When Yellowstone, the world's first national park was established Congress envisioned it would be a place "dedicated and set apart as a public park or pleasuring-ground for the benefit and enjoyment of the people." Nearly fifty years later, when the National Park Service was create Congress commanded the new agency to promote enjoyment of natural and cultural wonders, but only allow those activities that leave the resources unimpaired for the enjoyment of future generations.
Activities such as hunting, artifact collecting, and timber harvesting are
generally prohibited in the national parks. At Yellowstone the use of private
automobiles were even barred for a time. Yet, uses such as camping, hiking,
mountain climbing, fishing, and a host of others have predominately been
authorized. The thinking guiding these decisions has been to authorize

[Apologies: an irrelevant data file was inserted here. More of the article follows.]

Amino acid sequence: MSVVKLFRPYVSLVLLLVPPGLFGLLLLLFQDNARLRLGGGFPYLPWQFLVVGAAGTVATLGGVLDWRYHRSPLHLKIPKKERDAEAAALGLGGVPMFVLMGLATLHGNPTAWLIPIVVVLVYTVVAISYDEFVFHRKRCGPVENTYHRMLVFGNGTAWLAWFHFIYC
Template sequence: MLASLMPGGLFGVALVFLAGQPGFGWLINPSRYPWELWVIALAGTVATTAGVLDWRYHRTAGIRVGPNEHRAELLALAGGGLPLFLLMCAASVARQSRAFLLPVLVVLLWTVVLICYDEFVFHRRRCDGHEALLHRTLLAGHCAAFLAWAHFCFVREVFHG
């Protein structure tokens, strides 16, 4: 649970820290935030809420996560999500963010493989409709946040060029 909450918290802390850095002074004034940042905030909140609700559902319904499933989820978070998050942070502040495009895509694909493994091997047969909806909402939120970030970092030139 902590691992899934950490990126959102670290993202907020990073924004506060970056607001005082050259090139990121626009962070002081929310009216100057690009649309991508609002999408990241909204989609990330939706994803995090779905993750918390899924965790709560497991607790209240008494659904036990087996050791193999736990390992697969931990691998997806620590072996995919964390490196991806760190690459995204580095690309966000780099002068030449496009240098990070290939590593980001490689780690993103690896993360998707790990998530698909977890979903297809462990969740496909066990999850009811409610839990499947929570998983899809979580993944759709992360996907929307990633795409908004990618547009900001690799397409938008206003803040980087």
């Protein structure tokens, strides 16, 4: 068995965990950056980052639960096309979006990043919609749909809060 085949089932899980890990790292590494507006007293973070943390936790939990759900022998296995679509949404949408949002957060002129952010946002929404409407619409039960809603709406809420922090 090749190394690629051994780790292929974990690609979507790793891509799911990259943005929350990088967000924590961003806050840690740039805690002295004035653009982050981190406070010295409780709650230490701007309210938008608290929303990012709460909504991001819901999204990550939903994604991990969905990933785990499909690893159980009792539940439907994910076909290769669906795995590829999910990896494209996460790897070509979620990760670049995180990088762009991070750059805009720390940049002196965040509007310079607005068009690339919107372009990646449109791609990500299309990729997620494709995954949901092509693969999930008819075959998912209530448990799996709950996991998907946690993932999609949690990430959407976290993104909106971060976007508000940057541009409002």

activities that bring visitors a close interaction with the park without
causing lasting damage to the park resources and wildlife.
In the nearly 100 years since the Park Service's creation billions of people
from around the world have visited the nearly 400 national park units. In 2012,
the Park Service has seen more than 271 million visitors, up more than 6
million at the same time last year. Hard to argue the parks are underutilized.
Yet despite their popularity and maybe because of it the parks continually face
development threats from the outside world.
In my experience as a ranger, most visitors come to parks to escape the hustle,
noise, and stress of the modern urban world.
such as cell phones, iPads, and GPS push deeper into parks making some of the
world's last truly remote places more accessible but also susceptible to the
spread of invasive species such as angry birds.
In my new novel, Unleashing
Colter's Hell the use of technology plays a central role in the story's
plot. Both hero and villain use machines
to achieve their objectives. One uses technology
to destroy, the other to protect.
When you travel to the national parks, what technology expectations shape